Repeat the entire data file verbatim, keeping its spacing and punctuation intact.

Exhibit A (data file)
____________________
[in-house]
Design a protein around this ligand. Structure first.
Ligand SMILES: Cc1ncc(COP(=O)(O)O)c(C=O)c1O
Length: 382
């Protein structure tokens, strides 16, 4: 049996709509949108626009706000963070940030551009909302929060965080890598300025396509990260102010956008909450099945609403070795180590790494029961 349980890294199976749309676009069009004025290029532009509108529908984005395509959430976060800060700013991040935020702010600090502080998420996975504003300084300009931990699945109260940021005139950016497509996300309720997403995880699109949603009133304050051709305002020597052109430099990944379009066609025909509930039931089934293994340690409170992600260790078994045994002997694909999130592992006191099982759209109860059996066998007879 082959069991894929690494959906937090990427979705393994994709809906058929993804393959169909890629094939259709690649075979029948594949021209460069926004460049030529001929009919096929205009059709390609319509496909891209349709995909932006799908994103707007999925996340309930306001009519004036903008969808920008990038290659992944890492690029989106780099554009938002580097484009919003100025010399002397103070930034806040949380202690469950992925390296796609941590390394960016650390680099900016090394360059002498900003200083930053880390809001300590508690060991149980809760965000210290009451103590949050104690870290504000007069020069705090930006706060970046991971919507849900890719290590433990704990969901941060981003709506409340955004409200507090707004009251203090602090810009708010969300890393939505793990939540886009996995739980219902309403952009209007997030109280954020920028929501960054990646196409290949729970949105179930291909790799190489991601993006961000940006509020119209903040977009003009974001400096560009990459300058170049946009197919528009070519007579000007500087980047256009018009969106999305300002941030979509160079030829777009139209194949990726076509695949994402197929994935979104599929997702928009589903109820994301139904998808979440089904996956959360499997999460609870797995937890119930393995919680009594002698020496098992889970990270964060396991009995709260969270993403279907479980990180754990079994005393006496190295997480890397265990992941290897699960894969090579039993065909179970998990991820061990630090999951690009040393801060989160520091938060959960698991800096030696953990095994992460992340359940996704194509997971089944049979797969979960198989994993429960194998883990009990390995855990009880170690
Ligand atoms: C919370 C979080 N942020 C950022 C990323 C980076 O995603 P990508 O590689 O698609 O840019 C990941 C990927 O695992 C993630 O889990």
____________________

[in-house]
Design a protein around this ligand. Structure first.
Ligand SMILES: Cc1ncc(COP(=O)(O)O)c(C=O)c1O
Length: 382
């Protein structure tokens, strides 16, 4: 049996709509949108626009706000963070940030551009909302929060965080890598300025396509990260102010956008909450099945609403070795180590790494029961 349980890294199976749309676009069009004025290029532009509108529908984005395509959430976060800060700013991040935020702010600090502080998420996975504003300084300009931990699945109260940021005139950016497509996300309720997403995880699109949603009133304050051709305002020597052109430099990944379009066609025909509930039931089934293994340690409170992600260790078994045994002997694909999130592992006191099982759209109860059996066998007879 082959069991894929690494959906937090990427979705393994994709809906058929993804393959169909890629094939259709690649075979029948594949021209460069926004460049030529001929009919096929205009059709390609319509496909891209349709995909932006799908994103707007999925996340309930306001009519004036903008969808920008990038290659992944890492690029989106780099554009938002580097484009919003100025010399002397103070930034806040949380202690469950992925390296796609941590390394960016650390680099900016090394360059002498900003200083930053880390809001300590508690060991149980809760965000210290009451103590949050104690870290504000007069020069705090930006706060970046991971919507849900890719290590433990704990969901941060981003709506409340955004409200507090707004009251203090602090810009708010969300890393939505793990939540886009996995739980219902309403952009209007997030109280954020920028929501960054990646196409290949729970949105179930291909790799190489991601993006961000940006509020119209903040977009003009974001400096560009990459300058170049946009197919528009070519007579000007500087980047256009018009969106999305300002941030979509160079030829777009139209194949990726076509695949994402197929994935979104599929997702928009589903109820994301139904998808979440089904996956959360499997999460609870797995937890119930393995919680009594002698020496098992889970990270964060396991009995709260969270993403279907479980990180754990079994005393006496190295997480890397265990992941290897699960894969090579039993065909179970998990991820061990630090999951690009040393801060989160520091938060959960698991800096030696953990095994992460992340359940996704194509997971089944049979797969979960198989994993429960194998883990009990390995855990009880170690
Ligand atoms: C919370 C979080 N942020 C950022 C990323 C980076 O995603 P990508 O590689 O698609 O840019 C990941 C990927 O695992 C993630 O889990």